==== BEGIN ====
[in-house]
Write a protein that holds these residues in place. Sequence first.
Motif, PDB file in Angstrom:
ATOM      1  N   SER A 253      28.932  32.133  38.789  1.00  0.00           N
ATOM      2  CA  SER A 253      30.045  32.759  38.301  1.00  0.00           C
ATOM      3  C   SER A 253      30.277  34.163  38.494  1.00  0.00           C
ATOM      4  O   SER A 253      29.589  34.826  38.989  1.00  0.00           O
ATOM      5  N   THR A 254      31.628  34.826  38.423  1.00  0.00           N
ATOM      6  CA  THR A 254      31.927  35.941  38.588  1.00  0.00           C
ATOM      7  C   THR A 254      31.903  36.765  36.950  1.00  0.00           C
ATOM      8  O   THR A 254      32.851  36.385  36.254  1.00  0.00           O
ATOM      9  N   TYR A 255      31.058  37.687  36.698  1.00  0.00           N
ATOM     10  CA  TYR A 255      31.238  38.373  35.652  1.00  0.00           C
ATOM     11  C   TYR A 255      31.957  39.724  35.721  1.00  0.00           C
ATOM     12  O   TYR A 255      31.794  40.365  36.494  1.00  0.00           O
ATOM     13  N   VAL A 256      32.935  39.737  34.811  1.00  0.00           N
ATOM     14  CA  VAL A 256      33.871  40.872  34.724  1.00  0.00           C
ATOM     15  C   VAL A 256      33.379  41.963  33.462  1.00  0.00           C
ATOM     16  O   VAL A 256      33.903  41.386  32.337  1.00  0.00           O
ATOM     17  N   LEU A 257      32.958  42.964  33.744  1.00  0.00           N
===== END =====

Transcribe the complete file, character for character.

[in-house]
Write a protein that holds these residues in place. Sequence first.
Motif, PDB file in Angstrom:
ATOM      1  N   SER A 253      28.932  32.133  38.789  1.00  0.00           N
ATOM      2  CA  SER A 253      30.045  32.759  38.301  1.00  0.00           C
ATOM      3  C   SER A 253      30.277  34.163  38.494  1.00  0.00           C
ATOM      4  O   SER A 253      29.589  34.826  38.989  1.00  0.00           O
ATOM      5  N   THR A 254      31.628  34.826  38.423  1.00  0.00           N
ATOM      6  CA  THR A 254      31.927  35.941  38.588  1.00  0.00           C
ATOM      7  C   THR A 254      31.903  36.765  36.950  1.00  0.00           C
ATOM      8  O   THR A 254      32.851  36.385  36.254  1.00  0.00           O
ATOM      9  N   TYR A 255      31.058  37.687  36.698  1.00  0.00           N
ATOM     10  CA  TYR A 255      31.238  38.373  35.652  1.00  0.00           C
ATOM     11  C   TYR A 255      31.957  39.724  35.721  1.00  0.00           C
ATOM     12  O   TYR A 255      31.794  40.365  36.494  1.00  0.00           O
ATOM     13  N   VAL A 256      32.935  39.737  34.811  1.00  0.00           N
ATOM     14  CA  VAL A 256      33.871  40.872  34.724  1.00  0.00           C
ATOM     15  C   VAL A 256      33.379  41.963  33.462  1.00  0.00           C
ATOM     16  O   VAL A 256      33.903  41.386  32.337  1.00  0.00           O
ATOM     17  N   LEU A 257      32.958  42.964  33.744  1.00  0.00           N